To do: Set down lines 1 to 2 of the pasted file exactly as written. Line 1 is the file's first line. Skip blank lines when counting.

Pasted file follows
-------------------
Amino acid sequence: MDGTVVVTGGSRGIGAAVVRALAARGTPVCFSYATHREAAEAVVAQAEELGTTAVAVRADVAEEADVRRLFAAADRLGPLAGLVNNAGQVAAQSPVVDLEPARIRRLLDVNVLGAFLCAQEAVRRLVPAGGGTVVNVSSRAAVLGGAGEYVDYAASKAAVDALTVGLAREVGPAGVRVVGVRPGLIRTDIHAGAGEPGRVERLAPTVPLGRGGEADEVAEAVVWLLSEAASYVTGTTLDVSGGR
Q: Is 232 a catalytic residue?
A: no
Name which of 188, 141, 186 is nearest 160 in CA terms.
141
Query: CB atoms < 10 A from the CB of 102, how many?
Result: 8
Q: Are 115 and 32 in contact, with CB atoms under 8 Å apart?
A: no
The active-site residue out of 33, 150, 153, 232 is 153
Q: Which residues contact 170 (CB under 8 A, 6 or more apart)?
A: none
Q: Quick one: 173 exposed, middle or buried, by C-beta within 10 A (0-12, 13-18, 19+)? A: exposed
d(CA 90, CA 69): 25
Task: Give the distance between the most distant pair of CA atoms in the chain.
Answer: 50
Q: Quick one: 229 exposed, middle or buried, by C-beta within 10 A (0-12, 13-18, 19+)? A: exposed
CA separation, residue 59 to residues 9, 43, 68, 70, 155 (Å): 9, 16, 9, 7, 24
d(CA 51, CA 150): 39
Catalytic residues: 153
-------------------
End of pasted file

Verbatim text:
Amino acid sequence: MDGTVVVTGGSRGIGAAVVRALAARGTPVCFSYATHREAAEAVVAQAEELGTTAVAVRADVAEEADVRRLFAAADRLGPLAGLVNNAGQVAAQSPVVDLEPARIRRLLDVNVLGAFLCAQEAVRRLVPAGGGTVVNVSSRAAVLGGAGEYVDYAASKAAVDALTVGLAREVGPAGVRVVGVRPGLIRTDIHAGAGEPGRVERLAPTVPLGRGGEADEVAEAVVWLLSEAASYVTGTTLDVSGGR
Q: Is 232 a catalytic residue?